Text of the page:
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Profile: Iran's Jundullah militants

Remains of burnt cars after alleged Jundullah attack in 2006 on Ban-Kerman highway
Jundullah have been blamed for attacks aiming at destabilising Iran

By Roger Hardy
BBC Middle East analyst

The Iranian authorities have accused a shadowy group called Jundullah - the Soldiers of God - of carrying out a series of attacks, including a suicide bombing on 18 October 2009 which killed six commanders of the Iranian Revolutionary Guards. But what is Jundullah, what does it want - and who is behind it?

It was founded in 2002 to defend the Baluchi minority in the poor, remote and lawless region of south-east Iran.

Its leader, Abdolmalek Rigi, denies the group has either foreign links or a separatist agenda.

In an interview in October 2008, he said the group - also known as the People's Resistance Movement - was not interested in trying to break away from Iran.

It simply wanted the state to respect the human rights, culture and faith of the Baluchis.

Nation without a state

The Baluchis in Iran - and their brethren across the border in Pakistan - see themselves, rather like the Kurds, as a nation without a state.

But in predominantly Shia Iran, the issue is complicated by the fact that they are Sunni Muslim.

Map

This has led them to claim sectarian persecution - and the Iranian authorities to accuse them of being in league with foreigners.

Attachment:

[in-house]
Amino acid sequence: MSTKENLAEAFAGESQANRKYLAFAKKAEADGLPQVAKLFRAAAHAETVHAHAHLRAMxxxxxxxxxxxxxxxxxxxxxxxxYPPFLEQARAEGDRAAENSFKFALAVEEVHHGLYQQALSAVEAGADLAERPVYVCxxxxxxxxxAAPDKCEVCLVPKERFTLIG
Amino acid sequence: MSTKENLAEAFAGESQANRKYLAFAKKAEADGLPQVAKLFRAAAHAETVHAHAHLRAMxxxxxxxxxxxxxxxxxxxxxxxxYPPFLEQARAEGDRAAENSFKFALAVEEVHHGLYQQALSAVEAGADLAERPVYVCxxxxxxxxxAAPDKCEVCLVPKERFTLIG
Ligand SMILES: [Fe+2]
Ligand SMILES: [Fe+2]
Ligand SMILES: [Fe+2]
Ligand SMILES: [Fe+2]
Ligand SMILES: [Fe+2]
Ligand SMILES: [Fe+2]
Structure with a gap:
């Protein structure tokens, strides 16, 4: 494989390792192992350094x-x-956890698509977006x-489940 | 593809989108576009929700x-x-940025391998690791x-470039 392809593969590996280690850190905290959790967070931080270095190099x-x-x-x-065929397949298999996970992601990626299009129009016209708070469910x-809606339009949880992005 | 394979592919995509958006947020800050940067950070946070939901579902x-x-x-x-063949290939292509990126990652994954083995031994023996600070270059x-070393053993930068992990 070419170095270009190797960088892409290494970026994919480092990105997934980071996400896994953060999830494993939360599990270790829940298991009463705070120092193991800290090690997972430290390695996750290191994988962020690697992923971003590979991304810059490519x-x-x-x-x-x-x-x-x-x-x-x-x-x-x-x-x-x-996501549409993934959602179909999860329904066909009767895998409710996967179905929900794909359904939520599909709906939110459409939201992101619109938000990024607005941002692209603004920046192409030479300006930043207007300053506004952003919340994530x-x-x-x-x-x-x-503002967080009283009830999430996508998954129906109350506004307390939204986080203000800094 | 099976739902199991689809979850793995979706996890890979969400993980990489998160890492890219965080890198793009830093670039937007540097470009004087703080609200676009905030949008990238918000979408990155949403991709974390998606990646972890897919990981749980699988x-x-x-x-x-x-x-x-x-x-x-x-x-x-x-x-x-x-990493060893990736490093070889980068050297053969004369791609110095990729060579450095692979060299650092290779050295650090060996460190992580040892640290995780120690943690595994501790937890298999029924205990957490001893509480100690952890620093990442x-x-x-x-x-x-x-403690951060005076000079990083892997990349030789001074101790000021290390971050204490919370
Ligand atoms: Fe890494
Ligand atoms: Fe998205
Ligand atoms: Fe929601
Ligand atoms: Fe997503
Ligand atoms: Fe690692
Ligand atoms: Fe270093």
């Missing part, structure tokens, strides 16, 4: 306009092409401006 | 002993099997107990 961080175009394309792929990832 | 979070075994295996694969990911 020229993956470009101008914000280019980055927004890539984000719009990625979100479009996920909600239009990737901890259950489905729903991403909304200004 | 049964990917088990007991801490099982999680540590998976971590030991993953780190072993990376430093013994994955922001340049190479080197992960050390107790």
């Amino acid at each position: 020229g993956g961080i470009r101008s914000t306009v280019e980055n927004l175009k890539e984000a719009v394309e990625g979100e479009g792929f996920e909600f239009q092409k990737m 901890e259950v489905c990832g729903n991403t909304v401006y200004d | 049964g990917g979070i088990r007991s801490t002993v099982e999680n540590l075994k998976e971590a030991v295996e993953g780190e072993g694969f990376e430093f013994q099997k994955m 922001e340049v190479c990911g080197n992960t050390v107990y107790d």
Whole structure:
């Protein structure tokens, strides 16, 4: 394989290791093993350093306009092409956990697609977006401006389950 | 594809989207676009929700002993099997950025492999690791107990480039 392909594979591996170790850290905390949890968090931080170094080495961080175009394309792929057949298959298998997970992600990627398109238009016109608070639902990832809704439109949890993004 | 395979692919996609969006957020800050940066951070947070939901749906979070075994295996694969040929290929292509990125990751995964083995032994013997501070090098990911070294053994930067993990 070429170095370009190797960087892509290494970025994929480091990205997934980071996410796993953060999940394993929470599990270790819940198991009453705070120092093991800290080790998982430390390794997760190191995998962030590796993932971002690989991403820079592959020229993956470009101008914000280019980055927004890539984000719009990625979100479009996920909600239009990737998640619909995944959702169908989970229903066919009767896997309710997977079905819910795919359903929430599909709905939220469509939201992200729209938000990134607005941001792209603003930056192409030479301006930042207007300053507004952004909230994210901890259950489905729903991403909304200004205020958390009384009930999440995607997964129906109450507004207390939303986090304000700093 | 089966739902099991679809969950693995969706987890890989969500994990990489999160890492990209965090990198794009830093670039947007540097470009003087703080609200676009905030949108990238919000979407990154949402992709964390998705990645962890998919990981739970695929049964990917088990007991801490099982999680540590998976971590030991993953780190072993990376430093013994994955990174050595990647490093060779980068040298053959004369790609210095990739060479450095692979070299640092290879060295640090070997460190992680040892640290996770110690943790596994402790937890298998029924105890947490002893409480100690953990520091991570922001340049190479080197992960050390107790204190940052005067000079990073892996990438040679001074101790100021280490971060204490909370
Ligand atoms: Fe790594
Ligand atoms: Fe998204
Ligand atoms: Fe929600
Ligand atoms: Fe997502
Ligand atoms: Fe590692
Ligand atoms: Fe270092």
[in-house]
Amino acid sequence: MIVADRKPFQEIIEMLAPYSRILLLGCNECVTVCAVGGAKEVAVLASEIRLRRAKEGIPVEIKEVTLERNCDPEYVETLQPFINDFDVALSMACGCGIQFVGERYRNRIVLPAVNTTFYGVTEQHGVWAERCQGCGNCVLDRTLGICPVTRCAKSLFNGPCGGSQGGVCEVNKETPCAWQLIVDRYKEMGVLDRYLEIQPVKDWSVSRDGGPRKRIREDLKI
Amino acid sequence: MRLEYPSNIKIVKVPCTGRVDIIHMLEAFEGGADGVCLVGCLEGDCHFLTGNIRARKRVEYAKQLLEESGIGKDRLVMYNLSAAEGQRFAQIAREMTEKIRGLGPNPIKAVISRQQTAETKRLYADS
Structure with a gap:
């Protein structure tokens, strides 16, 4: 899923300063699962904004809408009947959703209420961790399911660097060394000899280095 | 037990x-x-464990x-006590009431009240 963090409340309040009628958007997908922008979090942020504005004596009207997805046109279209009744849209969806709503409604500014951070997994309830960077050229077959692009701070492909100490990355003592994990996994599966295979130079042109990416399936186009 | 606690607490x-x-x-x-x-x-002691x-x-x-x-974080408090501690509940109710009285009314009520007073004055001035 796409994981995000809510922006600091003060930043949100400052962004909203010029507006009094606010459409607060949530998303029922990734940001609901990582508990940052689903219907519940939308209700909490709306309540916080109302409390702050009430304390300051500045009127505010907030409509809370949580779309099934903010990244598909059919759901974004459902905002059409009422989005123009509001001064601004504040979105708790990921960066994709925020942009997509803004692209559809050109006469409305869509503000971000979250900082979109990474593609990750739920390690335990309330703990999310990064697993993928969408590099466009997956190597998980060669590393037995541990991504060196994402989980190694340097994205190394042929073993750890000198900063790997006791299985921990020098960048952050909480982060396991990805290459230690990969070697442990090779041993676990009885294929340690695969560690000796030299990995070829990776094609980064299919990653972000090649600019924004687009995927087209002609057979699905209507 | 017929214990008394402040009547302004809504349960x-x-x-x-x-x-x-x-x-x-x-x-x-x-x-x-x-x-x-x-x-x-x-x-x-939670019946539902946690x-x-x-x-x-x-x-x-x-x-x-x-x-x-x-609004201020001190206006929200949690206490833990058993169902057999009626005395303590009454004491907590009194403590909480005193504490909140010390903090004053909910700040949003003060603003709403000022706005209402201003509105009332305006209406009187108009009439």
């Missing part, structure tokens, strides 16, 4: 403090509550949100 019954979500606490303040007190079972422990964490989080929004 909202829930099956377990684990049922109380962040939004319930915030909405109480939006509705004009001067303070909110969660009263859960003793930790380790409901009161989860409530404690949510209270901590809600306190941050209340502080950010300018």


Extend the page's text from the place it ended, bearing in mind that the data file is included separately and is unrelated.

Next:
The list of powers alleged to be supporting them is a long one.

It includes the United States, Britain, Pakistan and Saudi Arabia - and militant groups such as the Taliban and al-Qaeda.

During the Bush administration, there were allegations - for example, by the investigative journalist Seymour Hersh - that the CIA was supporting Iran's Baluchi, Kurdish and Arab minorities to undermine the Islamic Republic.

If there was such a policy, it is not clear if the Obama administration has scrapped it.

It was quick to condemn Sunday's attack as an "act of terrorism".

An al-Qaeda link?

The Iranians also suspect covert support for Jundullah is coming from Pakistan's powerful intelligence service, the ISI.

But the two states have in the past co-operated in suppressing Baluchi nationalism - and also have important economic ties - so it seems unlikely Pakistan would want to antagonise its powerful neighbour.

As for the Saudis, given their resentment of Iran's newly enhanced role in the Middle East, it is not impossible some quiet assistance is going to Sunni groups like Jundullah.

Less plausible is a link to al-Qaeda.

Although Jundullah has recently adopted the jihadi tactic of suicide bombings, it seems more accurate to characterise it is a nationalist group with local grievances than part of Bin Laden's global jihad.



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